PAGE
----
Editor in Chief
What should have been a weekend of self-expression through slam poetry quickly turned into a boycott of the College Unions Poetry Slam Invitational when keynote speaker Mark Smith performed a racist poem to a conference full of diverse millennials.
Four students from the University of La Verne slam poetry team traveled to Chicago to attend the invitational, also known as CUPSI, to share the poetry they have been working on. But when Smith, who is known as “the father of slam poetry,” began describing the struggles he has as a white man, the tone of the event shifted and many students walked out.
“He started talking about how he is always the old white man who is made fun of, but the thing is, he was speaking to an audience that was 90 percent Hispanic, black, queer and trans,” Noel Cabrera, senior public relations major and treasurer for the poetry club, said. “You’re so lucky to be a 70-year-old white man getting called a privileged white man than being a 6-year-old getting called an ‘N’ bomb.”
While spoken word has been around for many years, Smith added to the idea and developed the competitive rules of slam poetry in the 1970s.
After the preliminary and semi-final rounds, Smith was the guest speaker who was supposed to usher the event into its finals rounds.
“I was expecting positive energy and positive vibes, and I was very excited to share our school’s poetry that we’ve written,” freshman economics major Julio Garcia said.
“We experienced that the minute we got to CUPSI. You could really feel the positive frequency with that community.”
But when Smith’s poems included, “Oh, I turn brown too, I turn brown in the summer,” and “It’s all fun and games until you’re at the butt end of the joke,” the students were confused by his intentions and about half of the room of 300 left.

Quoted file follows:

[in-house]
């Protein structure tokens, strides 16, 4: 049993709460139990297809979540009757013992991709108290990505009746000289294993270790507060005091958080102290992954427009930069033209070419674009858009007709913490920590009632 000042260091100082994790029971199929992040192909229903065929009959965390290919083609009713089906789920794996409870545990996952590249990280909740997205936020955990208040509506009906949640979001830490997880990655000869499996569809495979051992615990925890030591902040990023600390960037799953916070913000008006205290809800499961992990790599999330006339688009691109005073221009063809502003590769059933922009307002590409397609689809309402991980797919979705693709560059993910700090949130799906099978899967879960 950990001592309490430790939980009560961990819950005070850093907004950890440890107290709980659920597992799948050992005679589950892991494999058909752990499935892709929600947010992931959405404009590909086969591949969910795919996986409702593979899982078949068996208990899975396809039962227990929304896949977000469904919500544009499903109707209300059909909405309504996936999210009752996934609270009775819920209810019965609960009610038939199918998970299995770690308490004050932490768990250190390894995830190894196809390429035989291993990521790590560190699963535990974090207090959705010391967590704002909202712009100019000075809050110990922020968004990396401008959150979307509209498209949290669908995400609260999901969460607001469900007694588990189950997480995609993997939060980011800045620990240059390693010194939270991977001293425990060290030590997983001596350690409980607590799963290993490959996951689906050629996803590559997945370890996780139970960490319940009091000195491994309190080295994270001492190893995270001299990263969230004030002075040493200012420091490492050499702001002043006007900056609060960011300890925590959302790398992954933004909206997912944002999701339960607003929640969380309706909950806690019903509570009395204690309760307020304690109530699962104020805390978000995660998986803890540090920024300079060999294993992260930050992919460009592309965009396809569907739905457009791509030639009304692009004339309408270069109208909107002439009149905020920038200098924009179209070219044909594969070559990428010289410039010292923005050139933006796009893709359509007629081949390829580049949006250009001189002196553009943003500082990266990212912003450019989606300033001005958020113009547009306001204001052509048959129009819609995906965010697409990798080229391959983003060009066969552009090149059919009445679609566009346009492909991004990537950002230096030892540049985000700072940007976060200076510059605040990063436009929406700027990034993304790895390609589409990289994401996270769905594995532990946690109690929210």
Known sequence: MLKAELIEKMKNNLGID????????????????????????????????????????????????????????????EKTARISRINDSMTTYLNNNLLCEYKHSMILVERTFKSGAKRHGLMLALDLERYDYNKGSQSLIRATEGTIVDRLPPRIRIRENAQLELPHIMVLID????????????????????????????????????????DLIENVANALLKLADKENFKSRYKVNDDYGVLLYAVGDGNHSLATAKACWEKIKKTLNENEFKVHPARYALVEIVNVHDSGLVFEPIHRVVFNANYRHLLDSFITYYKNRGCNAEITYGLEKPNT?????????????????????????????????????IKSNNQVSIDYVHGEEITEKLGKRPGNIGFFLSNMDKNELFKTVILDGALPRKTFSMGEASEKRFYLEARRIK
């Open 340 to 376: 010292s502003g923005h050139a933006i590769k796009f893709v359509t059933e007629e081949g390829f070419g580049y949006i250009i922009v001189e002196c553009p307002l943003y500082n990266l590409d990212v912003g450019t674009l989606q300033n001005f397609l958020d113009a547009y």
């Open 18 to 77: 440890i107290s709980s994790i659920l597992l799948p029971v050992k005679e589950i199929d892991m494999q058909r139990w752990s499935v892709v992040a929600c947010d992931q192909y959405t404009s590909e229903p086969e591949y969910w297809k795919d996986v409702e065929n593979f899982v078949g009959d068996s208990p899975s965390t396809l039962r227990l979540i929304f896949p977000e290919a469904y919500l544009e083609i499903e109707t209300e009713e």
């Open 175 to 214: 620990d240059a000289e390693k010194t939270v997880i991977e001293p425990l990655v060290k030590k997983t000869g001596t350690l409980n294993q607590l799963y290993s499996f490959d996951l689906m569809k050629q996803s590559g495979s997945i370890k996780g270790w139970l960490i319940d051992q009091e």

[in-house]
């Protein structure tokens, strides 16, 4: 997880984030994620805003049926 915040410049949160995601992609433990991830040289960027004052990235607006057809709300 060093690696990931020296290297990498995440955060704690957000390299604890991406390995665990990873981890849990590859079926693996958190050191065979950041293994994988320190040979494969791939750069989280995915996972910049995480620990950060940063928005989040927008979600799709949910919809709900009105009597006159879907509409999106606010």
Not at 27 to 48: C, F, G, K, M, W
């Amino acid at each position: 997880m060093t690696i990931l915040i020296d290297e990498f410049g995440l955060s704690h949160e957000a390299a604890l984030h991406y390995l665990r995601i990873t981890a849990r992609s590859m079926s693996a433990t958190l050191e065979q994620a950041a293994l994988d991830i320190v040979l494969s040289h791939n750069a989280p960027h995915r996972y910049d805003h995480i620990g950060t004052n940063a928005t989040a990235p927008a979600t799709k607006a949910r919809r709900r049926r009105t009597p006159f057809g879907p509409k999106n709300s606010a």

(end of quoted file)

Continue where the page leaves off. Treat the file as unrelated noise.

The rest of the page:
“It felt like there was an intrusion upon our community at CUPSI,” Garcia said. “When Mark Smith went up and did his poem, we all felt attacked. We were there to celebrate our space and celebrate our voice and the unheard voice of marginalized communities.”
Sophomore creative writing major Cheyenne Avila’s poetry usually expresses her identity and experiences as a biracial woman has suffered from depression.
Avila, along with the rest of La Verne’s team, walked out of Smith’s poem, rushed back in and turned their backs to the stage.
“It felt like one of the first, maybe only time, that I’ve been able to assert my presence over someone who has more privilege and more respect than I have,” Avila said.
Smith patronized the students who had their backs turned to him, asking if they were done. But Avila yelled back asking if he was done with his prejudiced poem. Smith left the stage and the host tried to move the convention along.
Because many students were angry, one of the coordinators suggested they debrief. They were guided through deep breathing exercises to help them calm down and readjust.
The ultimate decision by coordinators was to allow the final teams to showcase their poetry in a non-competitive space so that a ranking system would not be assigned to trauma, experiences or struggles.
“Everyone there that is on the final stage and competing is there because they’re writing about their cultural struggle, their trauma and the things they’ve gone through,” Cabrera said. “And that was supposed to be a safe space.”
Chance the Rapper’s “No Problem” prompted a dance party for the teams and was the perfect send off, Cabrera said.
“It’s not about the competition, it’s about sharing art and sharing narrative,” Avila said.
Brooke Grasso can be reached at email@example.com.